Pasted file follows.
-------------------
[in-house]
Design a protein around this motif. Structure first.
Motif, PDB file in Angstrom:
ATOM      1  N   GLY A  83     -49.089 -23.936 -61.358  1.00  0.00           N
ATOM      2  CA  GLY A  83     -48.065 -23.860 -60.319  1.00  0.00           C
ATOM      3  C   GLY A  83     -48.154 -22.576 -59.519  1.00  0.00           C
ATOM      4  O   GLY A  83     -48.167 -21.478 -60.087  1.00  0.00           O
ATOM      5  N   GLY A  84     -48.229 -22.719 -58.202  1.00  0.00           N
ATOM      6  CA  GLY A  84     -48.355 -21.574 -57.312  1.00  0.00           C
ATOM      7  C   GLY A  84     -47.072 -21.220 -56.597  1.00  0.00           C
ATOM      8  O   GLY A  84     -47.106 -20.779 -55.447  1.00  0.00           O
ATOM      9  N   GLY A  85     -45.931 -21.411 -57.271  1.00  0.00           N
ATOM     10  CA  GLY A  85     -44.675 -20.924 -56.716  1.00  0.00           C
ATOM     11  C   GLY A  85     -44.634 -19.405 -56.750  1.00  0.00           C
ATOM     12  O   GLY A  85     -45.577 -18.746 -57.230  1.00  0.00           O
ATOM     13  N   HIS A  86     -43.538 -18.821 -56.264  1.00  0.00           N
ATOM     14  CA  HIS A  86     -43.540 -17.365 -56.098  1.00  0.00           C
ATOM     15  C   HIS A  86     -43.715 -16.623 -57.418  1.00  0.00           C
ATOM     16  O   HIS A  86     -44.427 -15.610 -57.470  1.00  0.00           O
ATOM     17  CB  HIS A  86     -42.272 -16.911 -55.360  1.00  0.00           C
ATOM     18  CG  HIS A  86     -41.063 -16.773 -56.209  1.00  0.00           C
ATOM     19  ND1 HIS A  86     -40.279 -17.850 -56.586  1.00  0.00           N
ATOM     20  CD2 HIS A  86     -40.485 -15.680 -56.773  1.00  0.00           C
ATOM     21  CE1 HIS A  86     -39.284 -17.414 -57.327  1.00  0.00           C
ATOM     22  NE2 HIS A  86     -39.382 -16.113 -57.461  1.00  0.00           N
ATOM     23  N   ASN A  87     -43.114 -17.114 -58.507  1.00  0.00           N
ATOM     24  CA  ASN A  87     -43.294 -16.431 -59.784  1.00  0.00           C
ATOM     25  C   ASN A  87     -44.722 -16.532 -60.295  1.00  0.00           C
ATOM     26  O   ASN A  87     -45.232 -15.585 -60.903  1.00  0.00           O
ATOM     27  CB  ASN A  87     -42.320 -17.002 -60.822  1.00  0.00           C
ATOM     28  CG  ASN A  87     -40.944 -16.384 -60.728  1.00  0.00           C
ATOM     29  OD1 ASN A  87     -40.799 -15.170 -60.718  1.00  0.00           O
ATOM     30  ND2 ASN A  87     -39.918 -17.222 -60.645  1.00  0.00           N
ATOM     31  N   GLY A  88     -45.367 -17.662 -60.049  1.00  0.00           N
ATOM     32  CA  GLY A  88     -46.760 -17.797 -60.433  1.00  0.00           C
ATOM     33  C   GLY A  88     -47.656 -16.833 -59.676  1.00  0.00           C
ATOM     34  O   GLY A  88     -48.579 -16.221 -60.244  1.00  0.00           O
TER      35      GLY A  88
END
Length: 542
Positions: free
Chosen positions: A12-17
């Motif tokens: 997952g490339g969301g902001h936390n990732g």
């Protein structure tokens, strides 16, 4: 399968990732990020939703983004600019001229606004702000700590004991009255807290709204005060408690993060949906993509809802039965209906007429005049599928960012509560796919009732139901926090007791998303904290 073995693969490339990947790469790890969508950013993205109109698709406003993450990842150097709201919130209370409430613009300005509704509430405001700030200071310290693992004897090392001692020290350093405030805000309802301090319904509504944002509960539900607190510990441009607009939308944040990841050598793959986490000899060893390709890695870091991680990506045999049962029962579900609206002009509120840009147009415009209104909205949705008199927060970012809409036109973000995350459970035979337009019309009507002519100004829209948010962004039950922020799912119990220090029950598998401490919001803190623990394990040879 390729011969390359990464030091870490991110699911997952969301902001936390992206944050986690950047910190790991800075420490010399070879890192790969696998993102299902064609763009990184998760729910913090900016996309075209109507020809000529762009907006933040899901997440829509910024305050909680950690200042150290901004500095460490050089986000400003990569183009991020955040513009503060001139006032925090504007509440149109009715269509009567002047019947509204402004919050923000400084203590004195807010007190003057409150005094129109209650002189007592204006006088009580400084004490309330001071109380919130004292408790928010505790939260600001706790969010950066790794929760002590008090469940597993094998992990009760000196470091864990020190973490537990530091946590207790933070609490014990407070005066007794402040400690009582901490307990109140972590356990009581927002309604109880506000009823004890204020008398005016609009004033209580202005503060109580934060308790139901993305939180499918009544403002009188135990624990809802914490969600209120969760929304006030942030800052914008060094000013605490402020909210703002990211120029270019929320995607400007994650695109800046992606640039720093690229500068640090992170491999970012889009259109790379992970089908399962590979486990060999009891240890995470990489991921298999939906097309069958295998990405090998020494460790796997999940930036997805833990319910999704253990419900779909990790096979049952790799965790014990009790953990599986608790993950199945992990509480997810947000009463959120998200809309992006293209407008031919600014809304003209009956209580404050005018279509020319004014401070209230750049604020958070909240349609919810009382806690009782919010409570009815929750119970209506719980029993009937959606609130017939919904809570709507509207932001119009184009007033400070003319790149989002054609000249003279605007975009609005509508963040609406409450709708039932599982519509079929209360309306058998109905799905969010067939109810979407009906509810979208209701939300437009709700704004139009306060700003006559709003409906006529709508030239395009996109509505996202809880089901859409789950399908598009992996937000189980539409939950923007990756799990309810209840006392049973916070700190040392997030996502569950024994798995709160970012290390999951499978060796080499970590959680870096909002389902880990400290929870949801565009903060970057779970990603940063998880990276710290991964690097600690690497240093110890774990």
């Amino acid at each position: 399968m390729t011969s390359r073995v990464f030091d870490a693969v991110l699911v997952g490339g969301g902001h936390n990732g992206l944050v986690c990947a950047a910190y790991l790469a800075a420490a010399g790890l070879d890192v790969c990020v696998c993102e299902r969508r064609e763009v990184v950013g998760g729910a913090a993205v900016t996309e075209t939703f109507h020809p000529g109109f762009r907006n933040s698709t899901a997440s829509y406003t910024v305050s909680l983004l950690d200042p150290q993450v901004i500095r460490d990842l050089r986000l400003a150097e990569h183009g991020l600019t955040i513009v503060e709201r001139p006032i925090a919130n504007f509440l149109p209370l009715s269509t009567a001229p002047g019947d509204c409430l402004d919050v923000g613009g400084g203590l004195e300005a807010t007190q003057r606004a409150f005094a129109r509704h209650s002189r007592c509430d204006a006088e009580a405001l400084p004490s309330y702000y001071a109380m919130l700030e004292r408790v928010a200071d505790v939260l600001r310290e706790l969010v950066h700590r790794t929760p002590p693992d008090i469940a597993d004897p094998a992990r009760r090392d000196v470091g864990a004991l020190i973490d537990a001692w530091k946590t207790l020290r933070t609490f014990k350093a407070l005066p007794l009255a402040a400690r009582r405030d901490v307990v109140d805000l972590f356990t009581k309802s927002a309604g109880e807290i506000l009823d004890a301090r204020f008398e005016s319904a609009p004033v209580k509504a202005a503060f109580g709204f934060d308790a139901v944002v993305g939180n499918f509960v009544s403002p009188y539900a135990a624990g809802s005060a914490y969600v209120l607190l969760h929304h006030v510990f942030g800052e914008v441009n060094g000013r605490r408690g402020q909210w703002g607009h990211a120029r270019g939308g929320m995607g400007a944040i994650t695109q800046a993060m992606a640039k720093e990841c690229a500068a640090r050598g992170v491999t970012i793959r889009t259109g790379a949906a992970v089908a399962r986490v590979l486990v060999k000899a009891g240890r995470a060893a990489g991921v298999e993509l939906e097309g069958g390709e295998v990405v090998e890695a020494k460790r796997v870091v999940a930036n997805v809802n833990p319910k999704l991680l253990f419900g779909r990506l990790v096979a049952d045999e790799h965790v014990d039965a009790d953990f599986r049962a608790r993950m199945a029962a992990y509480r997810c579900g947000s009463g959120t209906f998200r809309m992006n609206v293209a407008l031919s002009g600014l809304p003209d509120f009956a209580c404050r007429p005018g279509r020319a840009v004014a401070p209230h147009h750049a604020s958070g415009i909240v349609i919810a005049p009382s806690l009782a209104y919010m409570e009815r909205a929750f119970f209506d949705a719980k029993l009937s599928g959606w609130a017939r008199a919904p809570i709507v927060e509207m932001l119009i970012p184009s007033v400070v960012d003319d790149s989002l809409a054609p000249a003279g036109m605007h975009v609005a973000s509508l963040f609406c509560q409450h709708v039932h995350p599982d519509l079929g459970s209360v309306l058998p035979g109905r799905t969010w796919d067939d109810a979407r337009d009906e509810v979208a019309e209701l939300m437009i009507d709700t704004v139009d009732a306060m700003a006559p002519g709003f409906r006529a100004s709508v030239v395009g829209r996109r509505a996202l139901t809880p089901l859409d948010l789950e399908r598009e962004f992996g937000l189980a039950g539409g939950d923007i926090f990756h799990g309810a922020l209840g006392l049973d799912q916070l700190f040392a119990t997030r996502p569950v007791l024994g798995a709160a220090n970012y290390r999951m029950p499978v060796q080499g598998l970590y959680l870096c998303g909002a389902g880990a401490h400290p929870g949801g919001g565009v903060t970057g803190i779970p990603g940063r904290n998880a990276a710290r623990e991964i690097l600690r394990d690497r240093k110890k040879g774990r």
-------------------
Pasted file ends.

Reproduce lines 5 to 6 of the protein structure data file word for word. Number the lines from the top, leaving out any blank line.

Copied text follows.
ATOM      2  CA  GLY A  83     -48.065 -23.860 -60.319  1.00  0.00           C
ATOM      3  C   GLY A  83     -48.154 -22.576 -59.519  1.00  0.00           C